Anxiety is a part of life. When anxiety is high, the part of our brain that helps with thoughtful responses begins to shut down – enabling the reactionary part of the brain to take over. To diminish the power of anxiety in ourselves and in the group we must first learn to recognize and manage it.
Anxiety and personal vows go hand in hand. We experience anxiety as our vows get stirred up. We react to that anxiety by defending ourselves and protecting ourselves.
One way we react to anxiety is through conflict. Anxiety rises as we feel a sense of threat. We might fear being dominated, not being heard, being abandoned or being forced to give up self. We defend ourselves by blaming others. We behave abusively. We become critical of others and argumentative. We verbally attack in an attempt to dominate “them” before they dominate us. We focus more on others and their behavior than we do on ourselves and our behavior.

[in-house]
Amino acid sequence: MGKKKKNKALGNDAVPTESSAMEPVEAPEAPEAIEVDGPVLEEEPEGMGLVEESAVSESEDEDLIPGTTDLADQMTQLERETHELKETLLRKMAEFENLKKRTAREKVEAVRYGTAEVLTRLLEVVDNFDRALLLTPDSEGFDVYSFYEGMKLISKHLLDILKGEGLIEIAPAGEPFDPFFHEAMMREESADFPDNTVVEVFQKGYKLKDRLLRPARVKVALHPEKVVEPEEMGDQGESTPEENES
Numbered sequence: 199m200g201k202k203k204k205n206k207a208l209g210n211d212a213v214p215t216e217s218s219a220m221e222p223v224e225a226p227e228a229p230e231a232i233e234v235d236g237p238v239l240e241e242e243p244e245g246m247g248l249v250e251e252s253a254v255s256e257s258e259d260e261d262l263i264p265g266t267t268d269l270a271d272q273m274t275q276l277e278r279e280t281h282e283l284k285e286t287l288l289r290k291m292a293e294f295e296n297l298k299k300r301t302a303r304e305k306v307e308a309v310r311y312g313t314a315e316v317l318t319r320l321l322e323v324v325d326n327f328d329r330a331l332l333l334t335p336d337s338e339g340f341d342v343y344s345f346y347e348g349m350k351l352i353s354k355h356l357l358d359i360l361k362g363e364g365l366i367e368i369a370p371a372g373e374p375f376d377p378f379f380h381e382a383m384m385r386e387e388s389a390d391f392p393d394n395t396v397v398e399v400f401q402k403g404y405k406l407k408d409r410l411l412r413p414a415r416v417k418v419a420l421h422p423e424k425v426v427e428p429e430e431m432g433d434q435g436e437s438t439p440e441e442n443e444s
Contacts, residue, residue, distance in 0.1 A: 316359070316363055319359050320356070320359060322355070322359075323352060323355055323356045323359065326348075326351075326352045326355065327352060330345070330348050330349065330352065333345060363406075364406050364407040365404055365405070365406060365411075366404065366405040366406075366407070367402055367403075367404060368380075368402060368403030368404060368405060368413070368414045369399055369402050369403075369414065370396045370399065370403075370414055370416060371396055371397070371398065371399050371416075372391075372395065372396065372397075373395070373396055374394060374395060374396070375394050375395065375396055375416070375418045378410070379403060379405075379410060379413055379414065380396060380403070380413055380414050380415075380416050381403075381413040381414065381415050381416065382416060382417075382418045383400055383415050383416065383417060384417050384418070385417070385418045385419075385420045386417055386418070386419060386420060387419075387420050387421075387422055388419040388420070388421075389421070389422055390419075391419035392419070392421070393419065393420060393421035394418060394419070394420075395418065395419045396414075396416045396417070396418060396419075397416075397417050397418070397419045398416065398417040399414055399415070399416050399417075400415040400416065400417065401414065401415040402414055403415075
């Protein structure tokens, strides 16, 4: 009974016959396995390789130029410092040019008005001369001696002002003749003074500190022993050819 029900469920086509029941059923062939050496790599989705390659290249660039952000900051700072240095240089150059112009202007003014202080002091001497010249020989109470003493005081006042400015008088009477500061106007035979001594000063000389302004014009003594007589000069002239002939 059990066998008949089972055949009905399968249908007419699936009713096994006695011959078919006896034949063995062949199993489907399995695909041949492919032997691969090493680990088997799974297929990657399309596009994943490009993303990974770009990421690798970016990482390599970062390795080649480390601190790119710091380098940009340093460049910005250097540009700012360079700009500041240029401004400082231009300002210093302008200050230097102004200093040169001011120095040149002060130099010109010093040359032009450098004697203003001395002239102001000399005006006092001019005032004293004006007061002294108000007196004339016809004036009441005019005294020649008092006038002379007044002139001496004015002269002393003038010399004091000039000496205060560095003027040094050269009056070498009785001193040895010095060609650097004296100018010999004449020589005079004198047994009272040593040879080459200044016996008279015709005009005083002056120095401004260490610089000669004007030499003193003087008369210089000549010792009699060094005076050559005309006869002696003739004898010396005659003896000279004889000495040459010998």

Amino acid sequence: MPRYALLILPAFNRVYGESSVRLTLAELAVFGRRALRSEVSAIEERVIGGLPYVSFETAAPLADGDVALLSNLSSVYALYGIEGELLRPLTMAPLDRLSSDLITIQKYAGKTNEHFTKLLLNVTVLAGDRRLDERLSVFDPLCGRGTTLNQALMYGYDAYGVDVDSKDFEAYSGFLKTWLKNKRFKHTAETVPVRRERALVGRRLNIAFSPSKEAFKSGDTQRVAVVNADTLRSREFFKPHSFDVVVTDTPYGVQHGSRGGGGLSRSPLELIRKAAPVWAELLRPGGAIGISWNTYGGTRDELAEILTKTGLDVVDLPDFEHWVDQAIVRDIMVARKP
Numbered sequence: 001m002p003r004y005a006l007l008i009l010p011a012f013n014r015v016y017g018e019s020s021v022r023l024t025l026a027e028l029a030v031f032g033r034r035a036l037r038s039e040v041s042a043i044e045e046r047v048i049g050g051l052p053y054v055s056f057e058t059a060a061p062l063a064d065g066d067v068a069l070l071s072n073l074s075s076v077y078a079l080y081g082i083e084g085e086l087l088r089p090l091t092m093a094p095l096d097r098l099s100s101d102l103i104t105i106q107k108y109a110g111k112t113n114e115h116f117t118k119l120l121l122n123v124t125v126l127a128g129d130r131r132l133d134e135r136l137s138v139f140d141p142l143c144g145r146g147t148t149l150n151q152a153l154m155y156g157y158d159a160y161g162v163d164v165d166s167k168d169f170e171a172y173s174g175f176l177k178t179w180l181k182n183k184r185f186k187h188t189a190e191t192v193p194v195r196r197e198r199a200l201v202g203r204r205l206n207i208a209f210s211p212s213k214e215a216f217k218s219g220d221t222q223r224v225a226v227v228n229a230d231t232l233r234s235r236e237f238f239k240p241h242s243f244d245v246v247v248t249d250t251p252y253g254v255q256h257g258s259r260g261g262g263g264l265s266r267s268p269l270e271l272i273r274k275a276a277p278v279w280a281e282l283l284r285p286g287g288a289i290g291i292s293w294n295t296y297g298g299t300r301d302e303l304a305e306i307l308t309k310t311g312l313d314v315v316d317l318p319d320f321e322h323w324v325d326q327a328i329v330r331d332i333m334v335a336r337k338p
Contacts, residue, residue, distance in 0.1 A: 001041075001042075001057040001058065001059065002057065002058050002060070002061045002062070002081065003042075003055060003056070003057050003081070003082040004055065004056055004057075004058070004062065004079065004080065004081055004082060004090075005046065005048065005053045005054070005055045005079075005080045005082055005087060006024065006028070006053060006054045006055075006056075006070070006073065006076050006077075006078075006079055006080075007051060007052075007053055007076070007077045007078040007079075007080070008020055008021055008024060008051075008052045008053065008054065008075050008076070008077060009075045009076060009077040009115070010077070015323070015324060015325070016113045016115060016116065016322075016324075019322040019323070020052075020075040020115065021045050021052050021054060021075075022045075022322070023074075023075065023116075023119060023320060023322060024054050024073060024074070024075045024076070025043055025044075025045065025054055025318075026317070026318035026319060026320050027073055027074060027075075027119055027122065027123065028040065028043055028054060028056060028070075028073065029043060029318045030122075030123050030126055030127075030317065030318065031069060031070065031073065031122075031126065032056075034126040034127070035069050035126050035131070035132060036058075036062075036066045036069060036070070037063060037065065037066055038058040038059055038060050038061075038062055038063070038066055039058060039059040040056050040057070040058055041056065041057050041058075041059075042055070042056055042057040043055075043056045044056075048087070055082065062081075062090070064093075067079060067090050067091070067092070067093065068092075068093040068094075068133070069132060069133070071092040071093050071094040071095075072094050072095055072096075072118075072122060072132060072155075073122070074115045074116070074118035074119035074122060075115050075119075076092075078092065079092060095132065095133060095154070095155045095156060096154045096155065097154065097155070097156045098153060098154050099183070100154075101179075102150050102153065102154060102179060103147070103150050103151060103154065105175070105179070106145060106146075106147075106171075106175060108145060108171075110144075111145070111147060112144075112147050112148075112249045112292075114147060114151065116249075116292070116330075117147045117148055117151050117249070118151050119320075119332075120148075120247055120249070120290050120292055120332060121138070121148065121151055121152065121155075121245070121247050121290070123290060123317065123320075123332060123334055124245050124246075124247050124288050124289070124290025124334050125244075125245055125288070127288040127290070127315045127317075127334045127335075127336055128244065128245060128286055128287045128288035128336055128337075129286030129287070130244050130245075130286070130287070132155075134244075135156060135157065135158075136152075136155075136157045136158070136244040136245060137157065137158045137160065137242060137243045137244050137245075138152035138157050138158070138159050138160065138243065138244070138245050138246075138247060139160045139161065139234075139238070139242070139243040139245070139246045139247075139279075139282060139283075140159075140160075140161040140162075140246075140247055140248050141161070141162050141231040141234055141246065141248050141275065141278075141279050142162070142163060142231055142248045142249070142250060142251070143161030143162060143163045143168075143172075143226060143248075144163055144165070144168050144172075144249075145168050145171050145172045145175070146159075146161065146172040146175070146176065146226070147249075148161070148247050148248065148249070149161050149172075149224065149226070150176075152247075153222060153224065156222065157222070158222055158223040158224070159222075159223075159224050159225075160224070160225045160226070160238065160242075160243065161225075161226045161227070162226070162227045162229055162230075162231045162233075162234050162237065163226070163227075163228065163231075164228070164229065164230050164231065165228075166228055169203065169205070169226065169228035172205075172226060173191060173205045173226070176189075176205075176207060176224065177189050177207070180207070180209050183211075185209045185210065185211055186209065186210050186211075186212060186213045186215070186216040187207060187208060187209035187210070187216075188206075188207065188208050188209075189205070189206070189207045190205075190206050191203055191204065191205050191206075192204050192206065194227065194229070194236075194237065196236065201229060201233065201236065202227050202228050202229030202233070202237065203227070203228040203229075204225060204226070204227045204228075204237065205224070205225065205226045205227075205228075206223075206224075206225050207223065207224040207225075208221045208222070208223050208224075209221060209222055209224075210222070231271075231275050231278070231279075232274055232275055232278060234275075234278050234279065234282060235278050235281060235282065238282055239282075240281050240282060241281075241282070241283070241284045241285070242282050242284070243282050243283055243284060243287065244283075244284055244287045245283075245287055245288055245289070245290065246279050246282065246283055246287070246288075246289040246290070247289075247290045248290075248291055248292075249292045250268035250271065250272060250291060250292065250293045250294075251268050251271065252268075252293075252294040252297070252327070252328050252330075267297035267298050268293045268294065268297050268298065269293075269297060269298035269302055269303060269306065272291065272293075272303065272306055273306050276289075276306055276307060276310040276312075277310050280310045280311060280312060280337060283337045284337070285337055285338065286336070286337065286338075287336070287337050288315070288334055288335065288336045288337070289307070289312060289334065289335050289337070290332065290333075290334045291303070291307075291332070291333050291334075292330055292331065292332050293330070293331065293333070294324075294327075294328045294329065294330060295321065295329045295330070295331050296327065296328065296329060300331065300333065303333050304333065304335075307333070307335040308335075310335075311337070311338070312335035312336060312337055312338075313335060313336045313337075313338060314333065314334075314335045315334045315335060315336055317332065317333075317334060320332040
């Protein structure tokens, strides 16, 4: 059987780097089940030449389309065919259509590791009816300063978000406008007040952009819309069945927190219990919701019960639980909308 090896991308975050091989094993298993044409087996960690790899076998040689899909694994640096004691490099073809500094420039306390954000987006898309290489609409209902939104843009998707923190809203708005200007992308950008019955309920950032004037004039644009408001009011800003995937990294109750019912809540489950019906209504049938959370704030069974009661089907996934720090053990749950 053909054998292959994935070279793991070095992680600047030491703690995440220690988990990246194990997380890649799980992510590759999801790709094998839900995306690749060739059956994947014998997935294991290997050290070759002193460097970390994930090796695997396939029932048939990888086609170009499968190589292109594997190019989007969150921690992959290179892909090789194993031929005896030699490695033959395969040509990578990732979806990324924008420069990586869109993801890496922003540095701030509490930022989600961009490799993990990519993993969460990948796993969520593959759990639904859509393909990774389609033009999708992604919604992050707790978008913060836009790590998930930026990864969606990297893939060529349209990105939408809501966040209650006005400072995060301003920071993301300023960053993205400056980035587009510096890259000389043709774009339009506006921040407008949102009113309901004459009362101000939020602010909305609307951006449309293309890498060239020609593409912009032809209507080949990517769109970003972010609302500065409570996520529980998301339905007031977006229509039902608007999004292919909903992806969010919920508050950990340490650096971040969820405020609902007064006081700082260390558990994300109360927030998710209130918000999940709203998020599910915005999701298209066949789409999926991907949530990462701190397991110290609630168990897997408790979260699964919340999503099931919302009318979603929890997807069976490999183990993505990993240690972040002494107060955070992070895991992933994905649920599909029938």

When a person reacts to anxiety with conflict, winning at all cost becomes the goal. We would rather win than be productive, and all our playfulness gets tossed aside. Win/lose, right/wrong and all or nothing thinking dominates us. Typically in the midst of this reactivity to our anxiety we quit thinking, and all logic is lost. As a result, we make poor decisions, collaboration is impossible, and resentments emerge.
Learning to manage ones anxiety and reactivity is a key to healthy relationships. We must learn to monitor our anxiety and become less reactive. Identifying one’s vows is crucial to becoming less reactive.
We must learn to calm ourselves and re-engage our thinking rather than just reacting. We need to learn calming practices. As we re-engage our thinking we need to access our guiding principles.
We must learn to take responsibility for ourselves and quit focusing on others. As long as we think the problem is “out there”, that very thinking is our problem. The only person you can change is you, but you can change you.
- All-or-nothing thinking
- Win/lose thinking
- Right/wrong thinking
- Valuing conformity over diversity
- Blaming others
- Behaving abusively
- Becoming critical
- Focusing more on others than self